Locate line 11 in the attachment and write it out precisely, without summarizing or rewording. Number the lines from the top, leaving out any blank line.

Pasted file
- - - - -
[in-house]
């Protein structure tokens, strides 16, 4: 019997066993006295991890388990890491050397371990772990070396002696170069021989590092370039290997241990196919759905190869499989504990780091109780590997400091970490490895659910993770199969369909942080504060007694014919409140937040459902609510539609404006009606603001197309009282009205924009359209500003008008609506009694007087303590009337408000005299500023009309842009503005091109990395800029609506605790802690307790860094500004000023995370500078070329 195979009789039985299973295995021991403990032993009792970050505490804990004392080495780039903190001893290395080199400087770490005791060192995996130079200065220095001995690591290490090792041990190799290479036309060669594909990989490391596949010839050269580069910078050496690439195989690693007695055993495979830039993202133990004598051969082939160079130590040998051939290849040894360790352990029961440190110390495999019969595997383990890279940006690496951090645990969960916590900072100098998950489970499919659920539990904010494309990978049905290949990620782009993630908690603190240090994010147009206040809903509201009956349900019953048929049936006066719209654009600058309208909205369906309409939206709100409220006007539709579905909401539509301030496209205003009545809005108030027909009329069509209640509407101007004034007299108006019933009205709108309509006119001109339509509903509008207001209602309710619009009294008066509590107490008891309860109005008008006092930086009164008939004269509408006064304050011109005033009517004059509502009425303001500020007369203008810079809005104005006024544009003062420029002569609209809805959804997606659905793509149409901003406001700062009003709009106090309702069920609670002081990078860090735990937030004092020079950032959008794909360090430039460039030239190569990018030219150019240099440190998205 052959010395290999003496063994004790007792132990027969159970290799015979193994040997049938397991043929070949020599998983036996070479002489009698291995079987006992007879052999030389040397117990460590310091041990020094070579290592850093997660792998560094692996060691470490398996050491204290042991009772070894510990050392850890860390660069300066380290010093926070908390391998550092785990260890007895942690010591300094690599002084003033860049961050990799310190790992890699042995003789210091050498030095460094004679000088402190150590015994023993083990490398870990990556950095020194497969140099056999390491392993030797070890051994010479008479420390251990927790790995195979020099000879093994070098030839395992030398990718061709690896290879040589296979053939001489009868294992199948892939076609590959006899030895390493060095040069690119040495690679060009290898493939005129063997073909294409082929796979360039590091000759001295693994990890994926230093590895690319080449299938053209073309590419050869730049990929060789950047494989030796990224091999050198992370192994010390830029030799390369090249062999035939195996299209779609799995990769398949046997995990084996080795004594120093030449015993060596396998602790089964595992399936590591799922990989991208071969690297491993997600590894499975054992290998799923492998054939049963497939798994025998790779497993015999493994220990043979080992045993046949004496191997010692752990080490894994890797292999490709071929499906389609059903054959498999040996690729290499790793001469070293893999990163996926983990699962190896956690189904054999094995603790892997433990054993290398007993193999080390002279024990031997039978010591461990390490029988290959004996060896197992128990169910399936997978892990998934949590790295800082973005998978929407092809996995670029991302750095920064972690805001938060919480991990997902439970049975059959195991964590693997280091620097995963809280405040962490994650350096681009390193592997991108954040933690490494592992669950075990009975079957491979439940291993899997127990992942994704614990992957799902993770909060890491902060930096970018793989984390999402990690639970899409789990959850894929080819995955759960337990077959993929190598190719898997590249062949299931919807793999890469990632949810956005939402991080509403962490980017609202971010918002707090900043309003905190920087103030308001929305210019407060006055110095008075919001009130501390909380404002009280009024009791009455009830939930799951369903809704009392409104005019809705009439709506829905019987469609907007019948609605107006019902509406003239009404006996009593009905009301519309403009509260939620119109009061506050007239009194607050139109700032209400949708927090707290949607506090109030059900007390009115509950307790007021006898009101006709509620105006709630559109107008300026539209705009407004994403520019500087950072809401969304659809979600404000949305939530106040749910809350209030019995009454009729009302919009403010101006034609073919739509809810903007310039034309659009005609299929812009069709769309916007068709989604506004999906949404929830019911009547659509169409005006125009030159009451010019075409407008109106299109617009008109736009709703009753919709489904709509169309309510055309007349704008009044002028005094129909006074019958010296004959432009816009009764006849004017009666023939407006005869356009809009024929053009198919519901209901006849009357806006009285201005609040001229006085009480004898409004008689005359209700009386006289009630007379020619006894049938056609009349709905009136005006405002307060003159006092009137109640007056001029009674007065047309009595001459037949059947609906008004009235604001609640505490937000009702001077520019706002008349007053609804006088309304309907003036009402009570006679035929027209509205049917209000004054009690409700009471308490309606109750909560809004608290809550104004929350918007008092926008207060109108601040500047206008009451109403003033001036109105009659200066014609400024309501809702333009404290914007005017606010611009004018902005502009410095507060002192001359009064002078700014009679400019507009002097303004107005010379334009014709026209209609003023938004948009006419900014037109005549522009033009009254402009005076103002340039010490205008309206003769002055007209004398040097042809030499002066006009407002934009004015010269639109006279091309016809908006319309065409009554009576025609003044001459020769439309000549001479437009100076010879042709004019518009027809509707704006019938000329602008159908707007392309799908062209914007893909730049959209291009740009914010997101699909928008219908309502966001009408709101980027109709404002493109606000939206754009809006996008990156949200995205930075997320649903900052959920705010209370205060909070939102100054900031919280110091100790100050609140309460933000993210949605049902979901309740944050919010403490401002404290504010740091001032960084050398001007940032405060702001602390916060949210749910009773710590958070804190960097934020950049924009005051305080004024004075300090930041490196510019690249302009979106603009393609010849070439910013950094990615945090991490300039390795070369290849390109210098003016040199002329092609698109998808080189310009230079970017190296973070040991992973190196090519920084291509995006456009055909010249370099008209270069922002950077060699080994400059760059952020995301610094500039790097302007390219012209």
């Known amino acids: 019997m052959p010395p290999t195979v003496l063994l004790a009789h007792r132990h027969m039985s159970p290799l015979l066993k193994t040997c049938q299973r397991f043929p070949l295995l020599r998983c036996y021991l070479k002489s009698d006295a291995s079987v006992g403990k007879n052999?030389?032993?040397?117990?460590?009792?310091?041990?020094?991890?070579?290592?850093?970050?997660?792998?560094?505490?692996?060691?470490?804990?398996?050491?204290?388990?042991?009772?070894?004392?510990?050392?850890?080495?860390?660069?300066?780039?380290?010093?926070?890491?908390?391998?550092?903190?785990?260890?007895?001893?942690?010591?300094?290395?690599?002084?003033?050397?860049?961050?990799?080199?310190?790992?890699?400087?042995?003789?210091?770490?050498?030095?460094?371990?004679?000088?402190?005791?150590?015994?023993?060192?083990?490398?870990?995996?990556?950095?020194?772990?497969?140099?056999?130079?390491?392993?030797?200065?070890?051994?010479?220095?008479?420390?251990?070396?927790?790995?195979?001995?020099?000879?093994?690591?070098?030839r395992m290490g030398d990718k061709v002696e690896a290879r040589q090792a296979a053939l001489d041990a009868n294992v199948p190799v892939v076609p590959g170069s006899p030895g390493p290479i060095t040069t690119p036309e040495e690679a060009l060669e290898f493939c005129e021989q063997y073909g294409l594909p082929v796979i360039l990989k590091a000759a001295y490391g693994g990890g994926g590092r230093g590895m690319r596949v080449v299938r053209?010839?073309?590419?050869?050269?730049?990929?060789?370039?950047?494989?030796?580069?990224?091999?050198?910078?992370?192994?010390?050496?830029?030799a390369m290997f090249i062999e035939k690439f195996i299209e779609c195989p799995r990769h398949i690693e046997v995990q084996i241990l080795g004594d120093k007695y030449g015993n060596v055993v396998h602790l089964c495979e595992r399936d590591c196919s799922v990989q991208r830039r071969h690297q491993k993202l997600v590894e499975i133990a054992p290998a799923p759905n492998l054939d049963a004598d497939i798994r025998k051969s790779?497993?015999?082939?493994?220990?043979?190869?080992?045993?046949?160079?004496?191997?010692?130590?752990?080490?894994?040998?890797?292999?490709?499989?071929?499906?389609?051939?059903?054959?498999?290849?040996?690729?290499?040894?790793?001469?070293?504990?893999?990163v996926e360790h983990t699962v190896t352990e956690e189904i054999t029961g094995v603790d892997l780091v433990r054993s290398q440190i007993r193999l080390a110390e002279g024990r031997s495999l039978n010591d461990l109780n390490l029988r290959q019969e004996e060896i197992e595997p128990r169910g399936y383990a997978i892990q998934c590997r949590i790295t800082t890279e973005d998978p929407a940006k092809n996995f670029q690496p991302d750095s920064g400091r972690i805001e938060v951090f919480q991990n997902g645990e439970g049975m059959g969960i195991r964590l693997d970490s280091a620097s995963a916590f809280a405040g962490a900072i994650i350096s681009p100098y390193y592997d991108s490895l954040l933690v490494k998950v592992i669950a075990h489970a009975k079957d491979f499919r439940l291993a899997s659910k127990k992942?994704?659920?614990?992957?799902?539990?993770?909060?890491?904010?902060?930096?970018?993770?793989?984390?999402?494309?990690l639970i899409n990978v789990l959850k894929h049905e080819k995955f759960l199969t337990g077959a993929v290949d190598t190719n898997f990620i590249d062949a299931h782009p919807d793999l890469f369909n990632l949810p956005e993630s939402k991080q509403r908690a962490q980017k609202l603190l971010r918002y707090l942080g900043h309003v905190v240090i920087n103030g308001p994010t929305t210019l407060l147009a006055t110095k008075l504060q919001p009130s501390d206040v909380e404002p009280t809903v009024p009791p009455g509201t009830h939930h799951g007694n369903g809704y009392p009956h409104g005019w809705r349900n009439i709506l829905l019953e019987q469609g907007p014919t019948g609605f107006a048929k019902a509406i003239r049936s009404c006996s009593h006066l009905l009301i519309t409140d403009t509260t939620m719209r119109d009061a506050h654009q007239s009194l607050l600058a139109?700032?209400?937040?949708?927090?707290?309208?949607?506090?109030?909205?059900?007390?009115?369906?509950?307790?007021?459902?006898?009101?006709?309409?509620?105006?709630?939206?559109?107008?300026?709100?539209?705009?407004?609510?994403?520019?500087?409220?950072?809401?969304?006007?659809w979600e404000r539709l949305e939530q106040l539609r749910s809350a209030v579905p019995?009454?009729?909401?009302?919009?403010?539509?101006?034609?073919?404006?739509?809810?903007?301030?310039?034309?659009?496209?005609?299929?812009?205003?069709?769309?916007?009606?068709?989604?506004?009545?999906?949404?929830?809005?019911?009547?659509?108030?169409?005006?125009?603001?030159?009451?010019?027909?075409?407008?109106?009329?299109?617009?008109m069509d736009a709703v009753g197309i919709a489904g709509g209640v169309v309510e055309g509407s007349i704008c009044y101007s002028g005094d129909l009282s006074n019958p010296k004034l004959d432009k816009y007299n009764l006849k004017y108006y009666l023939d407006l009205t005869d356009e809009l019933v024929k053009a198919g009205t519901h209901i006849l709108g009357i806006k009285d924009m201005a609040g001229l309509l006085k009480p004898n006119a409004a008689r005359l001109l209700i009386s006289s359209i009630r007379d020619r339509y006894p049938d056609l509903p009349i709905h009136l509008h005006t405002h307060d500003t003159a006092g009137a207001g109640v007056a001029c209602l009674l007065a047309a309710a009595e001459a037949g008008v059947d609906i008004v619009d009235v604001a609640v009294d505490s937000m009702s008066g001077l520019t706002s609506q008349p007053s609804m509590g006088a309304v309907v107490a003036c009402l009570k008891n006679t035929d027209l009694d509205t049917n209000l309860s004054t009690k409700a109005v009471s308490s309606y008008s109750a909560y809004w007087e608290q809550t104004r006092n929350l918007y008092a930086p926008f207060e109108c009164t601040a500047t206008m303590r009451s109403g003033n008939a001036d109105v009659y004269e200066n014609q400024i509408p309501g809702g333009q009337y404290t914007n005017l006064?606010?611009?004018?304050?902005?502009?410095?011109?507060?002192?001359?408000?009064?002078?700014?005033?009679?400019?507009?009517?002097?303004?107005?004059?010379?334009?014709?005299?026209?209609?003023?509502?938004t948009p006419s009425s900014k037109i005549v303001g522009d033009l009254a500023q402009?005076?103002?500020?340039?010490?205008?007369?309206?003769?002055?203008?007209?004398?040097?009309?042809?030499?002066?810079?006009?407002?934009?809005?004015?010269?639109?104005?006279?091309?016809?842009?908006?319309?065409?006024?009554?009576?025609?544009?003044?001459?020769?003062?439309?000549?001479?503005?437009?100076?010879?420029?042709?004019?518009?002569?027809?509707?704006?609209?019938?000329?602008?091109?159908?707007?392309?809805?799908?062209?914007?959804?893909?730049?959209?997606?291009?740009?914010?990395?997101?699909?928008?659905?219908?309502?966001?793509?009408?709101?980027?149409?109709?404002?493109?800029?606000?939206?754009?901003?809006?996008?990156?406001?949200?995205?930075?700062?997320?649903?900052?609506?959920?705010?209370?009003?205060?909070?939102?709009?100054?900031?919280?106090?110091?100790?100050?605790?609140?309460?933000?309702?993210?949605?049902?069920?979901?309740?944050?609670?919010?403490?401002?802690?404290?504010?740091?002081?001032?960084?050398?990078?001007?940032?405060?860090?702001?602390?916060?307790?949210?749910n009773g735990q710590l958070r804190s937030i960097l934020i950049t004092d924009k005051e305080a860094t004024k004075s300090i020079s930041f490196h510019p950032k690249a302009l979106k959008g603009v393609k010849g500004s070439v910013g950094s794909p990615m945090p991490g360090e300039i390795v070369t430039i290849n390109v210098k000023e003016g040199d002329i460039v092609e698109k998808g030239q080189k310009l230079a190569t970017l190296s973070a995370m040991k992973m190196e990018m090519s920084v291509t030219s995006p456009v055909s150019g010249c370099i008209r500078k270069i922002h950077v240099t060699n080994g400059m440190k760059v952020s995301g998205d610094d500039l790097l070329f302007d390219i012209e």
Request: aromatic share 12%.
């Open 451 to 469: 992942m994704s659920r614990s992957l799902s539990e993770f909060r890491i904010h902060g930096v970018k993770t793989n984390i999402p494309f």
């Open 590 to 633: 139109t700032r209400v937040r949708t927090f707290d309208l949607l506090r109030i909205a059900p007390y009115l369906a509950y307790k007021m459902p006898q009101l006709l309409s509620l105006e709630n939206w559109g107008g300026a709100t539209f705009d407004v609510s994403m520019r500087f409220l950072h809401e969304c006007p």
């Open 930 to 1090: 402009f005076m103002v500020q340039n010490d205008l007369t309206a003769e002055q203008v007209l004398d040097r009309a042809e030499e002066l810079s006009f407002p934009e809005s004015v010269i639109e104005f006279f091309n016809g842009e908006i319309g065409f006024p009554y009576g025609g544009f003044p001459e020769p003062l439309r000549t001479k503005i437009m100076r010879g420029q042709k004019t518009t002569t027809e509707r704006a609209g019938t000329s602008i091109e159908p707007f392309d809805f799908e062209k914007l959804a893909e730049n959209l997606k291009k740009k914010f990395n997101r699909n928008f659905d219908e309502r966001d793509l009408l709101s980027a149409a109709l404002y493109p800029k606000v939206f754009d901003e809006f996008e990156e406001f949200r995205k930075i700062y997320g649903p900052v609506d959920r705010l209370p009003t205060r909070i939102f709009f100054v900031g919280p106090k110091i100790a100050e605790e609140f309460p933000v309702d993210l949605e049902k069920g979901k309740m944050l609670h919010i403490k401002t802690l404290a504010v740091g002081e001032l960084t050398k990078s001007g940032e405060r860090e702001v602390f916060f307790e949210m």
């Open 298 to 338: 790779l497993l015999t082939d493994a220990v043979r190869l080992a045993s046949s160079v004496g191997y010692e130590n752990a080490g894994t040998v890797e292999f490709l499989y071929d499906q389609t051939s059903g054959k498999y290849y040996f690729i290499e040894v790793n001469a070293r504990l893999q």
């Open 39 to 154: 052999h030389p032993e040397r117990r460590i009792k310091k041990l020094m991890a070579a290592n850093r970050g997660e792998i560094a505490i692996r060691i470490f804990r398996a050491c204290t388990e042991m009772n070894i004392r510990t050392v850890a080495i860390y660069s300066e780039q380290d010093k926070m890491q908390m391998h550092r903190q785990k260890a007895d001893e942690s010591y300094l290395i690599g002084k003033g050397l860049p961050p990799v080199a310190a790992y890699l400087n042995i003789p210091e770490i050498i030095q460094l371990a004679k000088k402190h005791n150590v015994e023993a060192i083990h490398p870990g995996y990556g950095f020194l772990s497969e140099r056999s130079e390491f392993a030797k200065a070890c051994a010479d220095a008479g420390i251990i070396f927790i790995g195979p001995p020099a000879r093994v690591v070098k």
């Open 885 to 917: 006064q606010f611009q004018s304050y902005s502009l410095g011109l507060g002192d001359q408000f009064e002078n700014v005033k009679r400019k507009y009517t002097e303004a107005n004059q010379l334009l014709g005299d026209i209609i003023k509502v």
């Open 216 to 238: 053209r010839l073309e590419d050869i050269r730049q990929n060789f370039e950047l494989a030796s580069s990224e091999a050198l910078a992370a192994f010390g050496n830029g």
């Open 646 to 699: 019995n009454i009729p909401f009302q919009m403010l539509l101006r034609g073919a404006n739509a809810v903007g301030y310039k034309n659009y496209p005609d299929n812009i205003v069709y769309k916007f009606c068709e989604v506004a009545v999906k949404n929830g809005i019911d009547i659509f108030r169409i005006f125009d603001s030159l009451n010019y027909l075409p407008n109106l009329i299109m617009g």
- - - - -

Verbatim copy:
């Open 216 to 238: 053209r010839l073309e590419d050869i050269r730049q990929n060789f370039e950047l494989a030796s580069s990224e091999a050198l910078a992370a192994f010390g050496n830029g």